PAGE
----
The Community Services Recovery Fund is a $400 million investment from the Government of Canada to support charities and non-profits as they focus on how to adapt their organizations for pandemic recovery. The Community Services Recovery Fund aims to strengthen the ability of charities and non-profits to deliver services and resources where they will have the most impact.
This is Part 2 of our 4-part series, which explores the key dimensions of equity-oriented care (EOC) and how this can be supported by EQUIP’s Equity Action Kit. We examine how organizations in London have started taking up EOC.
In Part 1 we featured the EQUIP Pathways Project, featuring the EQUIP Equity Action Kit, and supports for better care for people facing substance stigma, which was developed with key input from the London InterCommunity Health Centre based on their expertise delivering Emergency Safer Supply.
The key dimensions of the Equity Action Kit aim to:
- Reduce substance use stigma in health and social services
- Promote Trauma and Violence and Informed Care
- Ensure cultural safety and reduce racism and discrimination in health and social service settings
The Equity Action Kit consists of the following resources:
- Free e-learning modules describe equity-oriented care and guides providers during implementation at practice and policy levels
- Planning tools, report cards and evaluation strategies
- Resources and tools to address substance use stigma and reduce racism, especially towards Indigenous people
Why Equity-Oriented Care
Equity Action Kit Road Map
The Equity Action Kit makes reaching for health equity simpler by laying out a roadmap of action steps based on implementation science and organizational change principles.
Steps 0 to 6 of the Road Map are iterative and adaptable to the needs and priorities of different organizations. The steps help organizational leaders and staff:
- assess their needs and context to tailor tools and strategies accordingly
- build momentum, assess success, and embed accountability
- anticipate and confront barriers, resistance and pushback
- continuously evaluate how to improve services and support equity outcomes
Are you ready to get started with the Equity Action Kit?
Step Zero in the Equity Action Kit asks you to critically assess your organization before you take action.
It is necessary to look through an equity lens to understand the point from which you are starting this journey.
Organizations can ask: “What are the areas for growth? What are the problems to be solved? What does “success” (broadly defined) look like?”
The Guiding Questions of Step Zero are:
- What are the inequities of concern in your setting? What are the barriers to, and resources for achieving greater equity?
- What are the motivations driving you and others toward equity?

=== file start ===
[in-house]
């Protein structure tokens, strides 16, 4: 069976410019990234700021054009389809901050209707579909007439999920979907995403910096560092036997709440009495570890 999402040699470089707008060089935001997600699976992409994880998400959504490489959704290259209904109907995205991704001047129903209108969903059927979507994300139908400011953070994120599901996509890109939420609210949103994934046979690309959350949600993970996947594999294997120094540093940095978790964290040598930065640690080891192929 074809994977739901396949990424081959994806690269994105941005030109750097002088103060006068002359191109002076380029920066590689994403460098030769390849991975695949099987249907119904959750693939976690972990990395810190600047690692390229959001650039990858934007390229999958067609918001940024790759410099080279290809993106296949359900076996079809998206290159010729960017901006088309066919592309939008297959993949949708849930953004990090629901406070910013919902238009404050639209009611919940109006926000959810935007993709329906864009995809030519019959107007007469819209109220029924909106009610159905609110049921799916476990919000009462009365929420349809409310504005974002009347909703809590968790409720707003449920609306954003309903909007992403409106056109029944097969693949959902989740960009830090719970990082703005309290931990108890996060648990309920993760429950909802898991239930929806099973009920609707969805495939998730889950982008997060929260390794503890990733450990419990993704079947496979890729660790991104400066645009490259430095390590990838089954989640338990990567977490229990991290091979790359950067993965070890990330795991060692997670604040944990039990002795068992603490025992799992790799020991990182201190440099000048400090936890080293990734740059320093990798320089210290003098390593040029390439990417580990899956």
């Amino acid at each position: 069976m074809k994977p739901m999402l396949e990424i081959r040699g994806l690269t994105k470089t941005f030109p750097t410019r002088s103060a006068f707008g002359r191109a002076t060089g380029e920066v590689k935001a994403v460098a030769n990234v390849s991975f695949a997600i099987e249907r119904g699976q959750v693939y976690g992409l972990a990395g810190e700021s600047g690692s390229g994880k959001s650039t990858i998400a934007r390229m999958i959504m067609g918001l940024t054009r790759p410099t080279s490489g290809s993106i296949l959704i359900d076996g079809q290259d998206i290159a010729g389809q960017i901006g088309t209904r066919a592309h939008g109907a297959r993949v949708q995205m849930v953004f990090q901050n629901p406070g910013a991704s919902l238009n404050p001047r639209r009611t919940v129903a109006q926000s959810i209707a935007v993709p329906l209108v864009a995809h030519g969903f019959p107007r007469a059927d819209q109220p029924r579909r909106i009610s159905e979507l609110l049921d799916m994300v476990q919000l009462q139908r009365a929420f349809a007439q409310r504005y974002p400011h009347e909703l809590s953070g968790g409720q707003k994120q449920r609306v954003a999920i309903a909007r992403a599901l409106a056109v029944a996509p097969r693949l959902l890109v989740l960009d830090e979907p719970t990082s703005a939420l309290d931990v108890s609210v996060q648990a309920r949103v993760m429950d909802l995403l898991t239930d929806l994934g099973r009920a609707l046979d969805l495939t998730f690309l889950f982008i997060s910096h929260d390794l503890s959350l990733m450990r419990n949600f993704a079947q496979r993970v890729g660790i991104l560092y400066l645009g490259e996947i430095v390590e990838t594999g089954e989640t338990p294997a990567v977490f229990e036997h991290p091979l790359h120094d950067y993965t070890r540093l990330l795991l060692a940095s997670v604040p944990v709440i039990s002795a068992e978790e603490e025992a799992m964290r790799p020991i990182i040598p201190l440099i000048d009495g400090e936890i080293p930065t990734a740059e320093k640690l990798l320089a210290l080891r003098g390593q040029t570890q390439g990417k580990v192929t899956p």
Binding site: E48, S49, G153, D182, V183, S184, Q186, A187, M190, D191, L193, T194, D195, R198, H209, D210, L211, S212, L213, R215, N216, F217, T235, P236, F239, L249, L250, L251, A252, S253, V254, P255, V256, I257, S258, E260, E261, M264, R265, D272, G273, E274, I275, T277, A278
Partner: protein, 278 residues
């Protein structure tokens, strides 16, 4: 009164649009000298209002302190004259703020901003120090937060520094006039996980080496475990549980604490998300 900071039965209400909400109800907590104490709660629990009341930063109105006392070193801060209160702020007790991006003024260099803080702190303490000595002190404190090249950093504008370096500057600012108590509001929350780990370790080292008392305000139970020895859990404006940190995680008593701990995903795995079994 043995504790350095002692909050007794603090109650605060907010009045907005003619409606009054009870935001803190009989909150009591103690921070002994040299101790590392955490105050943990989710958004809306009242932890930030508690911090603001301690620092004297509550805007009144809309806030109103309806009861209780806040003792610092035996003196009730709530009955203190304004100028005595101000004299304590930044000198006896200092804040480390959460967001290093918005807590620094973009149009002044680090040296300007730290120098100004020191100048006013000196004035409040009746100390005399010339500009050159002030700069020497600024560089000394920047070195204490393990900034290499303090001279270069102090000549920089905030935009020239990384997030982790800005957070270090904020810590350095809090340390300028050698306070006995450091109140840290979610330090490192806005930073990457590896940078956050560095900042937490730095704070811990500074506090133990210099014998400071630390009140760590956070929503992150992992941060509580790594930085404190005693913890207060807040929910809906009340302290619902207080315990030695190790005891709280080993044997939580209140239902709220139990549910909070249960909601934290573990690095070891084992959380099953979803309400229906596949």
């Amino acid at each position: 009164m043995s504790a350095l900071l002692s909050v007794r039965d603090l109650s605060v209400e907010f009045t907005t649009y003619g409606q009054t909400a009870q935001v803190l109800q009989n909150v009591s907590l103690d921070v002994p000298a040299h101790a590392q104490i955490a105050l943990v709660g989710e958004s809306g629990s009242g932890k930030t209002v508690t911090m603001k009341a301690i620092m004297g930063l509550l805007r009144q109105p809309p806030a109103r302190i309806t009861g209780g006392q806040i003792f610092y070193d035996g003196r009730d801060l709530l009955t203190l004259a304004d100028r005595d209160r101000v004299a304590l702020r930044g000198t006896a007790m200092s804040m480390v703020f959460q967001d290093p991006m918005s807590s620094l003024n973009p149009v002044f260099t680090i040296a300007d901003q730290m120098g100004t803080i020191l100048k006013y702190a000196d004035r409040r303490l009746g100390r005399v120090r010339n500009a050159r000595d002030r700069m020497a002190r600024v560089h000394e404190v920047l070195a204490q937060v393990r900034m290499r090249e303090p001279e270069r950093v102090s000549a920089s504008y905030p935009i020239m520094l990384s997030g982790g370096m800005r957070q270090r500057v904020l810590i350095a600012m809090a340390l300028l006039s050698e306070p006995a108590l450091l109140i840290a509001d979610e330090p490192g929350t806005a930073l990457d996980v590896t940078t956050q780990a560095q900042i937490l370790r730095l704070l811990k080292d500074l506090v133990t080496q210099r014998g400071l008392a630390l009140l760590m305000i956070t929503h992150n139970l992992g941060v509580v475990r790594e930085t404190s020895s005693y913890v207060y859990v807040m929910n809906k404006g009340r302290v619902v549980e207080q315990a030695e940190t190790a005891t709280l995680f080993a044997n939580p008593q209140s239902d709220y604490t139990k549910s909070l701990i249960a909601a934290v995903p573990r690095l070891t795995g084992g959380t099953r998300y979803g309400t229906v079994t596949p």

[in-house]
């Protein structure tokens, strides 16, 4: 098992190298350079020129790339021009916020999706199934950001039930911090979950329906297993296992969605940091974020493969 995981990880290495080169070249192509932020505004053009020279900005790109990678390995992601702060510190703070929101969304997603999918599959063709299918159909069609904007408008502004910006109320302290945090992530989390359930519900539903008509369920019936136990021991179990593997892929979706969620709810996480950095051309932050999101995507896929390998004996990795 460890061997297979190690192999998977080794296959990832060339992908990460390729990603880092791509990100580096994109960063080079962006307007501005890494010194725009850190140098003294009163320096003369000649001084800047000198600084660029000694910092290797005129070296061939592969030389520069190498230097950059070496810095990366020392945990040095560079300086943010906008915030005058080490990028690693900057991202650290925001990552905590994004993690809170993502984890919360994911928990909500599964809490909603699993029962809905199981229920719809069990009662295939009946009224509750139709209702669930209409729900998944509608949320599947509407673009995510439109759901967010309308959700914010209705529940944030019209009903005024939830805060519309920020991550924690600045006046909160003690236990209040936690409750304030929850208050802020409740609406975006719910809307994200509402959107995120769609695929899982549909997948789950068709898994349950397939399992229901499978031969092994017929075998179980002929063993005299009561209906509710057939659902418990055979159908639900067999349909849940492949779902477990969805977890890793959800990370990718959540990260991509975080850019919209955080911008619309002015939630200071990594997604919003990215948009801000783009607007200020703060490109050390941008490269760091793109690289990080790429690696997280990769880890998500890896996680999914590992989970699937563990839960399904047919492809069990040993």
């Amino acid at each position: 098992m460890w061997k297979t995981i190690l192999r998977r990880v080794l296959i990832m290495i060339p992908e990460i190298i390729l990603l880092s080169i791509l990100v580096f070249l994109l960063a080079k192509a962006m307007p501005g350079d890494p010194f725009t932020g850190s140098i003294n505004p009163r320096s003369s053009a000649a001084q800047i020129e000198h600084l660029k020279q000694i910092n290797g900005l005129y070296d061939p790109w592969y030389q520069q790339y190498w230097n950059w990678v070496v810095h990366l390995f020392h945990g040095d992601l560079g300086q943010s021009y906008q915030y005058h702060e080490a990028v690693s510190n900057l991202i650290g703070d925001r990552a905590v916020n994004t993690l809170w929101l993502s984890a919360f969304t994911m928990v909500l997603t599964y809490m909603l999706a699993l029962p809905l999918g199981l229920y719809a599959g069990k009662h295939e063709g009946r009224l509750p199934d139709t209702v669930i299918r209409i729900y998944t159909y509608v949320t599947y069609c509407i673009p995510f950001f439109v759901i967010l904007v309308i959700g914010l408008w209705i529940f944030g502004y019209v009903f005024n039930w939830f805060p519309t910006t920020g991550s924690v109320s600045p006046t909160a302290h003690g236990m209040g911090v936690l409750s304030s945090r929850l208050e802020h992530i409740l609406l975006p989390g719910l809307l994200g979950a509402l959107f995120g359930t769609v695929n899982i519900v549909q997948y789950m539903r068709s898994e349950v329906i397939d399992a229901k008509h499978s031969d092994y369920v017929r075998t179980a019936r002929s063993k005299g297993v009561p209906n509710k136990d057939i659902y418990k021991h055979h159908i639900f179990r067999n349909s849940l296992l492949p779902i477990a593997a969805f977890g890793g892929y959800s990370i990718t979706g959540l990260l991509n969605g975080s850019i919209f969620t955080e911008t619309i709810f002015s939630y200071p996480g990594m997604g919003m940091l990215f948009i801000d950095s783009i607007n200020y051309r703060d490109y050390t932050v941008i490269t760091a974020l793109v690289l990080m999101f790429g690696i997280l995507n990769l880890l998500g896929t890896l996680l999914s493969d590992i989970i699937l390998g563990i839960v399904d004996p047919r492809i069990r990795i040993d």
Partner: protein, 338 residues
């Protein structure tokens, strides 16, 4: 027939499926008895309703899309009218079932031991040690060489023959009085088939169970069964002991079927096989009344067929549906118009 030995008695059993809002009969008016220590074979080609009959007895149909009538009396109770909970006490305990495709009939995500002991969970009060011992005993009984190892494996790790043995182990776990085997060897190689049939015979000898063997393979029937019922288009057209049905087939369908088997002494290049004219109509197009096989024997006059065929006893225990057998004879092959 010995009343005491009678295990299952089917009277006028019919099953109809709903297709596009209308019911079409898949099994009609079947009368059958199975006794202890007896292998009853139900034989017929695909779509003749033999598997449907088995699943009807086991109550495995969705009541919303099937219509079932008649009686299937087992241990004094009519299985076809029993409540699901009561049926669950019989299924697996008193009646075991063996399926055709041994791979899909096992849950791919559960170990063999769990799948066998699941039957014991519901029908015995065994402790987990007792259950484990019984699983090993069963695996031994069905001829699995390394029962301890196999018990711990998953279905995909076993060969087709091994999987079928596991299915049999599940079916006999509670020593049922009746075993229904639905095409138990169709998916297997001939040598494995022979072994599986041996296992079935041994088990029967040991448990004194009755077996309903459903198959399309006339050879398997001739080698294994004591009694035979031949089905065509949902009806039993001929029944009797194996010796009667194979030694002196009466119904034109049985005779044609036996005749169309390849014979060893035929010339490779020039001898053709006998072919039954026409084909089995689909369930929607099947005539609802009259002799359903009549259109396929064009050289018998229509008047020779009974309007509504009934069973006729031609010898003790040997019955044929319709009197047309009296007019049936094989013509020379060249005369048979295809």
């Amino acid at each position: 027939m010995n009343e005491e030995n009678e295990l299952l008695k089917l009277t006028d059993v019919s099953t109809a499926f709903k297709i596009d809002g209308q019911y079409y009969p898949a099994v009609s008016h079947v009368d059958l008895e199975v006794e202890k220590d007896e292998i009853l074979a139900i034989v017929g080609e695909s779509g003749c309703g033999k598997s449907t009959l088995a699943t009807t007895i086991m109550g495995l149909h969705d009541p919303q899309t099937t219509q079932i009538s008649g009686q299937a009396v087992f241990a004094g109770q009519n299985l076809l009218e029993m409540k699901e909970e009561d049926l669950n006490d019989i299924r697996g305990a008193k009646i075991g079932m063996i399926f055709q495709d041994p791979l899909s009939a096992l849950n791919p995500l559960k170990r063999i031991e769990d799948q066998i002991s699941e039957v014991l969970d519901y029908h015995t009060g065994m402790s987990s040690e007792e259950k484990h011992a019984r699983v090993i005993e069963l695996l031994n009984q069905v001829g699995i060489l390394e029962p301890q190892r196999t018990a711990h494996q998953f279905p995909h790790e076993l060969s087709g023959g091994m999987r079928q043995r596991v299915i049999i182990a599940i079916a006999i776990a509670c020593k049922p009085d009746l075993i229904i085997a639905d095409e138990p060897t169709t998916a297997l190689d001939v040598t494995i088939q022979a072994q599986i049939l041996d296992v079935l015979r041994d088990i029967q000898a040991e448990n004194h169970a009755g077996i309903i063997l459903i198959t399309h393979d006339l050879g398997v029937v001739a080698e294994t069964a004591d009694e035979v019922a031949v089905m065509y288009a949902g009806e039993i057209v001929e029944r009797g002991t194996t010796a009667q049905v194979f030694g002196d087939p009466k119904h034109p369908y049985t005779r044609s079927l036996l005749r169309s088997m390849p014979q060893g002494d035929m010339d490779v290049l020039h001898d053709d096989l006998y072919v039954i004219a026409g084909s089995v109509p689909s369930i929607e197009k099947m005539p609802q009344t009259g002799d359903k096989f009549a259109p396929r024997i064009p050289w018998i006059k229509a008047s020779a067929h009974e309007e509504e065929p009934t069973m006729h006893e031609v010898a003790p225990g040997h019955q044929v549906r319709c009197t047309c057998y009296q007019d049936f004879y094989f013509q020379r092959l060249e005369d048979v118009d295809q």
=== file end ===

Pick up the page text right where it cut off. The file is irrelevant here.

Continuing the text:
- Where are you ‘at’ on each of the Key Dimensions?
To support discussions, EQUIP has created useful tools in the Rate your Organization Worksheets. These collaborative worksheets get organizations thinking about the Guiding Questions of Step Zero, with a focus on each of the 3 key dimensions of the Equity Action Kit.
Discussion tools can be found by clicking here.
London, Ontario: Taking a Lead on Equity-Oriented Care
Several London organizations have taken up TVIC and health equity to better serve those who experience barriers to care. The work came together through the Gender, Trauma & Violence Knowledge Incubator, a collective of community leaders and academic researchers from Western with an interest in TVIC policy, practice and research.
Supported by the collective knowledge of EQUIP Pathways partners and Incubator members, the TVIC Foundations Curriculum was developed. Look for this in the soon-to be-released book Implementing Trauma- and Violence-Informed Care: A Handbook for Diverse Service Contexts (University of Toronto Press).
For more information on projects please visit the GTV Incubator click this link.
Written by Samantha Campanella, Hooria Haider, and Christine Garinger
This series was developed by Samantha Campanella and Hooria Haider, Western University, Health Sciences Students, Community Engaged Learning placement with CRHESI.
NEXT in the Series – Equity in Action: London InterCommunity Health Centre
Coming Soon! Community Vitality Grant-Applications Open Dec 2
A few key features for your proposal:
- innovative projects
- aimed to improve quality of life for citizens of this region
- demonstrate authentic partnership
- committment to collaborate
- leverage existing or new funding
Check out the London 2022 Vital Signs report Be the Change to align your propsal.
The London Police Service is researching the community’s needs as part of a strategic planning process.
A series of community consultations are being held virtually that will be open to all citizens including, but not limited to, community groups, institutions, businesses, and members of the public.
The next virutal consultation is Thursday November 24 from 7:00 – 9:00 pm
Please register here
An online survey is open until Nov 30th, 2022.
CRHESI offers best wishes to the Office of Indigenous Initiatives at Western University on their grand opening of the Wampum Learning Lodge. We look forward to engaging in collaborative learning, creating partnerships for change and mobilizing knowledge.
In the words of Christy Bressette, vice-provost and associate vice-president (Indigenous Initiatives), “The Indigenous initiatives team looks forward to welcoming you and together building a better future, founded on mutual respect, harmony and learning.” (quote from Western News, Nov. 7, 2022)
Community members are invited to visit the new space Thursday Nov 10. Please see details and register by clicking this link.
Upcoming: The Wampum Learning Lodge at Western will host the seventh annual Building Reconciliation Forum in June 2023 with the theme ‘Education for Reconciliation: Rebuilding Stronger and with Intentionality.’